Clyde quay wallsGlasgow City Council has today given the green light to the next stage of investment into the regeneration of the river Clyde with the approval of a quay walls strategy for the river.

Almost £50 million of funding from the Glasgow City Region City Deal is to focus on a stretch of the Clyde between Albert Bridge at Glasgow Green and the proposed Govan-Partick bridge.

The funding will address the structural integrity of quay walls; enhance pedestrian and cycle connectivity along the banks of the river; unlock the development potential of vacant and derelict land along the river corridor; and improve place quality and the vibrancy of the river and its banks.

The council said the strategy will build on its success in attracting development on the banks of the river, including the International Financial Services District, Glasgow Harbour, the Riverside Museum, Pacific Quay and the SEC.

Councillor Kenny McLean, city convener for neighbourhoods, housing and public realm at Glasgow City Council, said: “The full regeneration of the Clyde is key to Glasgow’s future economic success, and today’s decision marks another step towards achieving this goal. The banks of the Clyde offer a fantastic location for people to live, work and visit, as well as a resource that can be used to make the communities of Glasgow better connected.”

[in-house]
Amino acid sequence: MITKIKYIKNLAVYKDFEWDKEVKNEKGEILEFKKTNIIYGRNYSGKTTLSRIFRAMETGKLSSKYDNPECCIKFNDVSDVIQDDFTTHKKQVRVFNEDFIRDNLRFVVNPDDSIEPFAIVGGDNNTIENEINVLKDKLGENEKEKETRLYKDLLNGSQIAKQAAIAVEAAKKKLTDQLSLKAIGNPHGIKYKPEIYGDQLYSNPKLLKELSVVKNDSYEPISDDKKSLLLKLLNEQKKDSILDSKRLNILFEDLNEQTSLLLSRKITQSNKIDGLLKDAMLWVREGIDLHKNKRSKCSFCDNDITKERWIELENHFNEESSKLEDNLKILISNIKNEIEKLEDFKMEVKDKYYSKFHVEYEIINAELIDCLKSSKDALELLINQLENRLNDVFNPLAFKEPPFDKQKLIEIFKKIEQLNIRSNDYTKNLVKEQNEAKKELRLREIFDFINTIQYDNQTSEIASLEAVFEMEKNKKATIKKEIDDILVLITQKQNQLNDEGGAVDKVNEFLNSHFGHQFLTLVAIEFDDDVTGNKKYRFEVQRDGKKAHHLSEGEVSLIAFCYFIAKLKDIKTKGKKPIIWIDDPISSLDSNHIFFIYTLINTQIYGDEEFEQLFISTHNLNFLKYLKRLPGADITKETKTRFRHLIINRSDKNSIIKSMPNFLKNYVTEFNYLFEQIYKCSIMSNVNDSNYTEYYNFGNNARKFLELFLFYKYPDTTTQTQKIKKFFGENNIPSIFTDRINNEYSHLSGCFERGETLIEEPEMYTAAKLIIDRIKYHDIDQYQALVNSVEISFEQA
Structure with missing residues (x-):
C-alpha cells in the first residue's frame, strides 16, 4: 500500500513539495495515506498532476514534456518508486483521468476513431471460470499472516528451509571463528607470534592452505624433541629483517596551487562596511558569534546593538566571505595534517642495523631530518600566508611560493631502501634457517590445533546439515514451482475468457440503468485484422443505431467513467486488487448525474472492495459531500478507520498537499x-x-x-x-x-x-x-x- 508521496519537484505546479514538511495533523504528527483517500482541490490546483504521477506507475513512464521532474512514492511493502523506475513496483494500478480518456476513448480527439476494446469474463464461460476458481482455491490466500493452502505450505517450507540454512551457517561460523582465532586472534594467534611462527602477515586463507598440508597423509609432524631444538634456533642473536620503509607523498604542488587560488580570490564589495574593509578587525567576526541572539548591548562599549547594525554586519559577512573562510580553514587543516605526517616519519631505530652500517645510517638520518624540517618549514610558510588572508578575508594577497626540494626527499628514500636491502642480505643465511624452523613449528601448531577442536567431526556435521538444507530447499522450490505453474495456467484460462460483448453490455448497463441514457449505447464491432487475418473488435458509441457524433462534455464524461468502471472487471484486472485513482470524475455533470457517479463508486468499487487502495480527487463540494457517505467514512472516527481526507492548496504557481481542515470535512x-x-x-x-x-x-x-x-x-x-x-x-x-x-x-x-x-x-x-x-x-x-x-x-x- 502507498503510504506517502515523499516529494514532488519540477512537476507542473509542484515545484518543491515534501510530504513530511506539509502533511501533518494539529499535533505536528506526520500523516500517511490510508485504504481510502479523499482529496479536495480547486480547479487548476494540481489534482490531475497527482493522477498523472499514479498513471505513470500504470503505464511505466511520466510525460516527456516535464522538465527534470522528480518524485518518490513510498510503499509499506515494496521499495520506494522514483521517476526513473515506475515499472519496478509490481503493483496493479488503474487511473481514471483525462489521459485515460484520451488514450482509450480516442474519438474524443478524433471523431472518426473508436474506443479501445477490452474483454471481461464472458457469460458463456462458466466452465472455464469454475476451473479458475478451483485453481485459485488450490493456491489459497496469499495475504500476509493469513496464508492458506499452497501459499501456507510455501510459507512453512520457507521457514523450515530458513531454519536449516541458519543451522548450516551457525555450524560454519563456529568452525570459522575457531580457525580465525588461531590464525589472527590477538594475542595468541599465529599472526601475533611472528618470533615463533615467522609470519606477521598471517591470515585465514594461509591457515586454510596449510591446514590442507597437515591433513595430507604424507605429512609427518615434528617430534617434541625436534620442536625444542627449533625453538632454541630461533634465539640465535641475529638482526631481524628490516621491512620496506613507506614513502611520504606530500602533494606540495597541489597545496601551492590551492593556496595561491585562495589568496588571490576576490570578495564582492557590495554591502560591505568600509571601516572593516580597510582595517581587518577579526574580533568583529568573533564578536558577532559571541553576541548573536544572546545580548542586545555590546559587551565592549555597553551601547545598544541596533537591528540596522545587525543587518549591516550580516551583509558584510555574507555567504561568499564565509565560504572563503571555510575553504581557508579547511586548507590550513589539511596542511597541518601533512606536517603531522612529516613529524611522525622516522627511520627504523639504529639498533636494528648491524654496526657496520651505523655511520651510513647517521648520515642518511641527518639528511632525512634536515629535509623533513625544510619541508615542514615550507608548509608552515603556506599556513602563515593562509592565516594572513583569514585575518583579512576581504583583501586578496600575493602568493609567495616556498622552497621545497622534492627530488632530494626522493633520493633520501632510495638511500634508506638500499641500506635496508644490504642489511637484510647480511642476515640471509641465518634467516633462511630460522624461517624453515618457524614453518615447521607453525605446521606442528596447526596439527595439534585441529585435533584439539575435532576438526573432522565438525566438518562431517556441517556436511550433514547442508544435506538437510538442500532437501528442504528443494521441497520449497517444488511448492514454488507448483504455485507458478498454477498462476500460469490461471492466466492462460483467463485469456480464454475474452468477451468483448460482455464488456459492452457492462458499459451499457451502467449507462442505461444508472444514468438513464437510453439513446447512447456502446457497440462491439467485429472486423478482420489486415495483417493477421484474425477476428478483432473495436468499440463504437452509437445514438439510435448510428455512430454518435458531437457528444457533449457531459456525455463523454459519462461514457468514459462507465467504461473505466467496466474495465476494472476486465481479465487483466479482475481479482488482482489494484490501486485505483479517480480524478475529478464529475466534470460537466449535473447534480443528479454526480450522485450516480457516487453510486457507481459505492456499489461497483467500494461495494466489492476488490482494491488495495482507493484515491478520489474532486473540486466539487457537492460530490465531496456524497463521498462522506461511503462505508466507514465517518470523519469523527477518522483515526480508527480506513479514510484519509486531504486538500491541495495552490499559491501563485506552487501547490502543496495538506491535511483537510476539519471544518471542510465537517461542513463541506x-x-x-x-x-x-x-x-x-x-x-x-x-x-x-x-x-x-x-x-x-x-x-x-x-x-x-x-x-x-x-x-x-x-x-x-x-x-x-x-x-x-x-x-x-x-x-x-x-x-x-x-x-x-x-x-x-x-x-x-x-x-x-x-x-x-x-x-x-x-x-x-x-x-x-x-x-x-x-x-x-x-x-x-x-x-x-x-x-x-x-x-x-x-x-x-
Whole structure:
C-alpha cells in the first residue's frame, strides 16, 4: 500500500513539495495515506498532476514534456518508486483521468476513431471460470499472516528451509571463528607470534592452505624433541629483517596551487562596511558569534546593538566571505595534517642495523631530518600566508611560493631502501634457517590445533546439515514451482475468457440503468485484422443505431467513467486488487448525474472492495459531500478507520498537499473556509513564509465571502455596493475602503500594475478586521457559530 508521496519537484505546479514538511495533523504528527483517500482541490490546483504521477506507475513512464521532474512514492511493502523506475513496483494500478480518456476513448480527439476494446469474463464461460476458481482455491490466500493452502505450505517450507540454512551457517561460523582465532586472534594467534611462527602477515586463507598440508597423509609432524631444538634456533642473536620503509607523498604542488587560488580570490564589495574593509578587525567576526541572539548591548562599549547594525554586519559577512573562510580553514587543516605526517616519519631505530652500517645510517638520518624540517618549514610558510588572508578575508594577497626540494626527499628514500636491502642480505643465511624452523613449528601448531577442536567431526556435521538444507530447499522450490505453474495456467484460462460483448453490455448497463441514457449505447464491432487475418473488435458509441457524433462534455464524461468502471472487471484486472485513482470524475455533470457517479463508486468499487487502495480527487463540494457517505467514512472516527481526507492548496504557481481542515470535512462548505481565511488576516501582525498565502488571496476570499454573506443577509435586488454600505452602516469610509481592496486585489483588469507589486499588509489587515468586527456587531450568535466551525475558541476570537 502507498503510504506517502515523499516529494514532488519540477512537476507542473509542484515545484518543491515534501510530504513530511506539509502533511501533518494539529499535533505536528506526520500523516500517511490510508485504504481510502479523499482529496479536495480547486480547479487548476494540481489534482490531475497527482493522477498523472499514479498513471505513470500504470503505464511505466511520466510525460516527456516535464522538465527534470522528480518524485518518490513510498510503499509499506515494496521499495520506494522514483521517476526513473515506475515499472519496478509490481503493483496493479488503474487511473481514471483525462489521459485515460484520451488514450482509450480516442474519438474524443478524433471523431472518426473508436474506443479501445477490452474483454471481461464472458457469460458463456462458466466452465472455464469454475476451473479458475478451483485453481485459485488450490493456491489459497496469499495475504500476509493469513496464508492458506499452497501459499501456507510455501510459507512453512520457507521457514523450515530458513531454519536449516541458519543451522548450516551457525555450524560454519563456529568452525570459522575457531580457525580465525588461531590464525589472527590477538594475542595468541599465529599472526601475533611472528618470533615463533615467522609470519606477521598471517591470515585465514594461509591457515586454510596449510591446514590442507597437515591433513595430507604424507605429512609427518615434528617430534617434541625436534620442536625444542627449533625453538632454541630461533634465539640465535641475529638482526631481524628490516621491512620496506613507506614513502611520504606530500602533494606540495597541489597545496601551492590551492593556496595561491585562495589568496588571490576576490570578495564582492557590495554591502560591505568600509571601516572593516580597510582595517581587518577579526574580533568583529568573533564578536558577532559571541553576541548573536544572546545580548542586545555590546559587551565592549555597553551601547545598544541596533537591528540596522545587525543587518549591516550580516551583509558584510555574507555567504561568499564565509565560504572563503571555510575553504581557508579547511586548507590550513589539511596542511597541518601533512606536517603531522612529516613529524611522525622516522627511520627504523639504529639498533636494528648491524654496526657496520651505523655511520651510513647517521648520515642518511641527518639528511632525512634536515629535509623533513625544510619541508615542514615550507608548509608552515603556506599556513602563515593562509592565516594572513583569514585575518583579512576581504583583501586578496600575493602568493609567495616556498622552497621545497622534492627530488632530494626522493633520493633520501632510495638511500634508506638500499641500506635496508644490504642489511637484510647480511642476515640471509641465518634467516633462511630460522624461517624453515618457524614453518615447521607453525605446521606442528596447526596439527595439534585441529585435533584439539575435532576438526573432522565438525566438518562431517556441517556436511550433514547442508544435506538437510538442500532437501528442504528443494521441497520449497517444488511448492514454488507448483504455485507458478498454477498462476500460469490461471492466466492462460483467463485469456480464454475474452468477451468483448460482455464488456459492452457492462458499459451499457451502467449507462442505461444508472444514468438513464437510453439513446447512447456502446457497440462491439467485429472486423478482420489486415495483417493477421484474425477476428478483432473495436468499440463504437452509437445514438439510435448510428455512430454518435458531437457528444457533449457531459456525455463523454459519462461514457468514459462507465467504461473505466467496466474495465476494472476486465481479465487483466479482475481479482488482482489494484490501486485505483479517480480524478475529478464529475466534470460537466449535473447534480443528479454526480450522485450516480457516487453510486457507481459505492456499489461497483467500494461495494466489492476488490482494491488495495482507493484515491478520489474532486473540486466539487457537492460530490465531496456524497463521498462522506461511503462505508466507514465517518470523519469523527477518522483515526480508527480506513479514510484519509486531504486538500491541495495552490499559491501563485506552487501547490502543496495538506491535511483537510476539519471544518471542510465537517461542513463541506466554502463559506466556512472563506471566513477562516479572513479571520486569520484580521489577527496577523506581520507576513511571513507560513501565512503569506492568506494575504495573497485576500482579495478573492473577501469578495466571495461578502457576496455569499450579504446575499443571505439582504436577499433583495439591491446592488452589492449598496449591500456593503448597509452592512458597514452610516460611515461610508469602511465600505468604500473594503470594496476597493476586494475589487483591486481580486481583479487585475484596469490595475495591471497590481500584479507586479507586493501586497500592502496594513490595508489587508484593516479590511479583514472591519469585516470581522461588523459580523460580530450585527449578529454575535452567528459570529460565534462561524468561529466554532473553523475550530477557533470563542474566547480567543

Glasgow’s City Development Plan gives recognition to the importance of the Clyde and its potential for regeneration by classifying the river corridor as a Strategic Development Framework (SDF) area within the city.

This classification will be supported by infrastructure funding of £113.9m from the Glasgow City Region City Deal through the Waterfront and West End Innovation Quarter project.  This investment will further develop the banks of the river as an urban quarter that attracts investment and supports economic growth.

This City Deal funding of almost £50mn has been allocated to a quay walls strategy that will improve the access, quality and structural integrity of the waterfront. The lack of investment in the river’s quay walls is seen as a significant barrier to the Clyde’s regeneration, and tackling this issue will reduce the associated costs that often restricts the development of vacant sites adjoining quay walls on the Clyde.

Glasgow City Council owns approximately 3,400 metres of quay wall in the project area, and this investment will deliver a comprehensive upgrade.